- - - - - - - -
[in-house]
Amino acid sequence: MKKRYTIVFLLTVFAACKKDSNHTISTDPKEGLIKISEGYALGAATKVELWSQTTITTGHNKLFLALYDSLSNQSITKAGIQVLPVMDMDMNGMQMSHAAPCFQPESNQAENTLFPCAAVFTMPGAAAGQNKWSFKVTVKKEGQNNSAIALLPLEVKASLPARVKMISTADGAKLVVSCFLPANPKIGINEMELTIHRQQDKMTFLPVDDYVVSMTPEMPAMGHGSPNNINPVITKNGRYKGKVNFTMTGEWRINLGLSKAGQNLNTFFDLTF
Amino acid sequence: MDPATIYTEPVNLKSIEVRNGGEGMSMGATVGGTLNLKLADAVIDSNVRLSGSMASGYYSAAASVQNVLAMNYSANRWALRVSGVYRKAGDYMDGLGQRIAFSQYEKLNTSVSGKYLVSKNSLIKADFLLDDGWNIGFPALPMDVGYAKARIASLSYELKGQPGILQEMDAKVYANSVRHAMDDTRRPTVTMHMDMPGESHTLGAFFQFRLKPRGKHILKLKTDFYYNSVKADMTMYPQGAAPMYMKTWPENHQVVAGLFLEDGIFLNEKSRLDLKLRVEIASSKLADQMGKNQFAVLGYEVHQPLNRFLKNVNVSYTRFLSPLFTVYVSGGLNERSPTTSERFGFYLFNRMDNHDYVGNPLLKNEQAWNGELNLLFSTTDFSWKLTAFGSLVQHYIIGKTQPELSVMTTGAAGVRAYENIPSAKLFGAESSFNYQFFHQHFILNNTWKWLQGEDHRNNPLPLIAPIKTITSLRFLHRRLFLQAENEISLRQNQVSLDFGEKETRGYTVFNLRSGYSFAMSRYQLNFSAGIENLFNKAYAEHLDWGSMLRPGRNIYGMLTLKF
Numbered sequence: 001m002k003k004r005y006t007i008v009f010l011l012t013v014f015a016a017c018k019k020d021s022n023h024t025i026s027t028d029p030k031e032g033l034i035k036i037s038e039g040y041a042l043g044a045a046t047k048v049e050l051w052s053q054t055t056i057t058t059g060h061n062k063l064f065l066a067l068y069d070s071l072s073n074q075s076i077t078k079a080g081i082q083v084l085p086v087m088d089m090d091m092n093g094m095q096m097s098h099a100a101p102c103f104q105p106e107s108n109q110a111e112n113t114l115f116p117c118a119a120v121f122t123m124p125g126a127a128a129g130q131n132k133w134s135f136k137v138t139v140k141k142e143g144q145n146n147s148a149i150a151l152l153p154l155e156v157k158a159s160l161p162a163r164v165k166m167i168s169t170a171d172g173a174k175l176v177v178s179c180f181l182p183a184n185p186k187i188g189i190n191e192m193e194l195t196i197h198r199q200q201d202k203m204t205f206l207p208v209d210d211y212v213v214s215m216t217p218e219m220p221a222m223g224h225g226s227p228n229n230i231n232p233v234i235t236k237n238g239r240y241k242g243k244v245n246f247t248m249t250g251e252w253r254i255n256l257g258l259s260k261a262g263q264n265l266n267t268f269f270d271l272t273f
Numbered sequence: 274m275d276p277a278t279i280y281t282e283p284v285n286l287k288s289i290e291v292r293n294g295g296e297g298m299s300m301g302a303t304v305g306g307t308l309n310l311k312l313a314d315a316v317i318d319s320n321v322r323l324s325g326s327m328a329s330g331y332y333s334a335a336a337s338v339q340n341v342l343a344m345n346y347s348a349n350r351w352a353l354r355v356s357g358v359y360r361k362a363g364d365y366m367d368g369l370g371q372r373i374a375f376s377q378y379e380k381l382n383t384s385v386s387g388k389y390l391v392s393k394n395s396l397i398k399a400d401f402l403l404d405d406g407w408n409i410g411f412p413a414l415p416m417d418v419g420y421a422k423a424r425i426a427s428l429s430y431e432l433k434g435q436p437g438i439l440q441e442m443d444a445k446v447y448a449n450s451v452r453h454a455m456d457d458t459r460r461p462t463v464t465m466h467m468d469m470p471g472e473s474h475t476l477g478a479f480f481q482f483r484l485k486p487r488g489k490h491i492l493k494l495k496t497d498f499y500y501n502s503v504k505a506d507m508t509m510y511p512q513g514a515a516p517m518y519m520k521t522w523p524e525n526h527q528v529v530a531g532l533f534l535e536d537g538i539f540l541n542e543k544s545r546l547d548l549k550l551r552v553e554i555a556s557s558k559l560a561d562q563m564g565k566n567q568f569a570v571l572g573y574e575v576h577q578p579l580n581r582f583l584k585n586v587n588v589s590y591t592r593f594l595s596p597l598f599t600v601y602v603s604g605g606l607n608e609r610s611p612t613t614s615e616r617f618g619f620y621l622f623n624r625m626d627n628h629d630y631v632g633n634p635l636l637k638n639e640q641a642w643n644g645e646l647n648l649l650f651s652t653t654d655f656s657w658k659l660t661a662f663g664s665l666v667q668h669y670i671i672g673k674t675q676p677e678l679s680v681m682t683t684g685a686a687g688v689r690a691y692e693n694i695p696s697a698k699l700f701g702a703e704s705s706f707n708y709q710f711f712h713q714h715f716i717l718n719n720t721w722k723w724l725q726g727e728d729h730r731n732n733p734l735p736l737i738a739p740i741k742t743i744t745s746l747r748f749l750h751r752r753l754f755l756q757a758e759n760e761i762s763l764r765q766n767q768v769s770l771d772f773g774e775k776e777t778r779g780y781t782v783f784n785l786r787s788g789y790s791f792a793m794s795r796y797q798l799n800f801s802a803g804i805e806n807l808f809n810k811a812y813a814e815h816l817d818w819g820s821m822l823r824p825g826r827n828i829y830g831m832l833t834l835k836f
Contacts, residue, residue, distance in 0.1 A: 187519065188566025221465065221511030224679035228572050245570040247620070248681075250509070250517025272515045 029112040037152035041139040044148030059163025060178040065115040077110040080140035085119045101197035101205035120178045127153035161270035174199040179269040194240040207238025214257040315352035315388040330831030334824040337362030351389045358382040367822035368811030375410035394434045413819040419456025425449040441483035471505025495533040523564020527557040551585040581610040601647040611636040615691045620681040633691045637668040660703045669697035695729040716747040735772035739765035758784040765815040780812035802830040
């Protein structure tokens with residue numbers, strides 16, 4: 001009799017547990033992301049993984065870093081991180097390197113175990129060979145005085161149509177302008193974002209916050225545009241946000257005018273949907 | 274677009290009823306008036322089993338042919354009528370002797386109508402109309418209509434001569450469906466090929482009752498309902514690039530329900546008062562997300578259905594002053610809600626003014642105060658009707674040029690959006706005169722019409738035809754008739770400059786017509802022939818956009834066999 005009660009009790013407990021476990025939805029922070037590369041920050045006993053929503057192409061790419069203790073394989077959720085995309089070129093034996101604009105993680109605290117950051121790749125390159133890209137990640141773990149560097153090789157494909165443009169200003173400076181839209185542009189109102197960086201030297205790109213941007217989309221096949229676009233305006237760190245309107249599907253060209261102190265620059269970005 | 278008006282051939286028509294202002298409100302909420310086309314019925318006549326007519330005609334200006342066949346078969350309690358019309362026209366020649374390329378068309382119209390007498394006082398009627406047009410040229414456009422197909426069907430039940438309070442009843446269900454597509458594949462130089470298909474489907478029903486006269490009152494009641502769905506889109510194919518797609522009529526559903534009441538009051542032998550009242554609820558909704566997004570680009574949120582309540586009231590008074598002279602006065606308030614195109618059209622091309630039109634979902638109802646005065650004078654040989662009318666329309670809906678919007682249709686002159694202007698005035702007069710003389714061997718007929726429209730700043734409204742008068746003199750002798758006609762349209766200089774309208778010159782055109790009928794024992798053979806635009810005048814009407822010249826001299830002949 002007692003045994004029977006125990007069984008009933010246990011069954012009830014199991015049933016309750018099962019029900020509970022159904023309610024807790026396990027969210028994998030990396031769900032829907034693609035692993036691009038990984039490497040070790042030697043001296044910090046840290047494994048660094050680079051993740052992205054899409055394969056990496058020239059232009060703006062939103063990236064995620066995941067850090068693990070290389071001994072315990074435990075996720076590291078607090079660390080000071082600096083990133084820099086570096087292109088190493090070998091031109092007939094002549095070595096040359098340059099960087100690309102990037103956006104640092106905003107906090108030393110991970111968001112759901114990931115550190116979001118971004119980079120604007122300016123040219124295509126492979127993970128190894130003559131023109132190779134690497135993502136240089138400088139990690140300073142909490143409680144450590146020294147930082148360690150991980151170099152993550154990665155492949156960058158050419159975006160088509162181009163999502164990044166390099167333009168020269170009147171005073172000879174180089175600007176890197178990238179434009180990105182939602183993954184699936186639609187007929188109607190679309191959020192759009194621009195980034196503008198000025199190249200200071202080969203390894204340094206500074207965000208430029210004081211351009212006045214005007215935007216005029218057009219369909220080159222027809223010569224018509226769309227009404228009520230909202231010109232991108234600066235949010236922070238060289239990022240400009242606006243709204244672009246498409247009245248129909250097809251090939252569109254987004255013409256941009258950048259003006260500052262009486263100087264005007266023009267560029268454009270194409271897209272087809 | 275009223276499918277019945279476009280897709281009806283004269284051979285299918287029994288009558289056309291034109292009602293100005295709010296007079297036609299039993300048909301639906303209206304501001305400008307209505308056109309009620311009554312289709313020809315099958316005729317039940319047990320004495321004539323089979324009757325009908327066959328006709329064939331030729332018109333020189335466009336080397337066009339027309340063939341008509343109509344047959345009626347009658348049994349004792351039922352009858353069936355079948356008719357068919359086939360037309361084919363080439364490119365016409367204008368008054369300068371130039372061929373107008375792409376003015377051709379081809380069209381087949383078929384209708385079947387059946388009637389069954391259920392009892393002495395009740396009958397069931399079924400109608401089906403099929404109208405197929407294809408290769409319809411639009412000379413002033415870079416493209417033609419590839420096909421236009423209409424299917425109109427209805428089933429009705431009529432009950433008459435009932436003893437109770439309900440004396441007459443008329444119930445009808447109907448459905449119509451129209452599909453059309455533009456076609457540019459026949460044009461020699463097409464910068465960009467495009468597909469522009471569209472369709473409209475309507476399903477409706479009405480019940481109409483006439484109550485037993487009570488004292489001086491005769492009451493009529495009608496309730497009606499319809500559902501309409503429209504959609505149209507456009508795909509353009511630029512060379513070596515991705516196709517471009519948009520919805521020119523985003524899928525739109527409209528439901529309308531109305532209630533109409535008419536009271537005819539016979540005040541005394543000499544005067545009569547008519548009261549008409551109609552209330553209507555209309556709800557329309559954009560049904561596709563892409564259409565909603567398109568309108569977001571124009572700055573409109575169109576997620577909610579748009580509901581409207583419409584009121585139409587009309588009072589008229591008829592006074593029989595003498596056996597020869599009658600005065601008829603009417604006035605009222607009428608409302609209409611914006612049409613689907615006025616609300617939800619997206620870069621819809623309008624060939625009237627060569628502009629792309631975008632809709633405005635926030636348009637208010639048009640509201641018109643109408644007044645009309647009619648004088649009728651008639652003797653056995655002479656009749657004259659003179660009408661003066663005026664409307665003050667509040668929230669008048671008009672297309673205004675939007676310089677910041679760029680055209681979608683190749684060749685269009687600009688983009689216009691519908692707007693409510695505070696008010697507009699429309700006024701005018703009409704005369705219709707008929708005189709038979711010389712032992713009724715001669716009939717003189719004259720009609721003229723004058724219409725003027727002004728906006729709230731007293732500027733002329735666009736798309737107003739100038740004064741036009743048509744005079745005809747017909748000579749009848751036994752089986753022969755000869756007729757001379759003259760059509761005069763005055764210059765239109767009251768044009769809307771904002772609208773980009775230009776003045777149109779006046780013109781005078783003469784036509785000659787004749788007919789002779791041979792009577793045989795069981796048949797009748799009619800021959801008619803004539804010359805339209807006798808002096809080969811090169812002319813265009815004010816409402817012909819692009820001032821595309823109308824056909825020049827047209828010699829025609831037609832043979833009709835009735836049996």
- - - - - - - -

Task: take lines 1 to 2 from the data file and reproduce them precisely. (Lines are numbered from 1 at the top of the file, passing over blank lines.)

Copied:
[in-house]
Amino acid sequence: MKKRYTIVFLLTVFAACKKDSNHTISTDPKEGLIKISEGYALGAATKVELWSQTTITTGHNKLFLALYDSLSNQSITKAGIQVLPVMDMDMNGMQMSHAAPCFQPESNQAENTLFPCAAVFTMPGAAAGQNKWSFKVTVKKEGQNNSAIALLPLEVKASLPARVKMISTADGAKLVVSCFLPANPKIGINEMELTIHRQQDKMTFLPVDDYVVSMTPEMPAMGHGSPNNINPVITKNGRYKGKVNFTMTGEWRINLGLSKAGQNLNTFFDLTF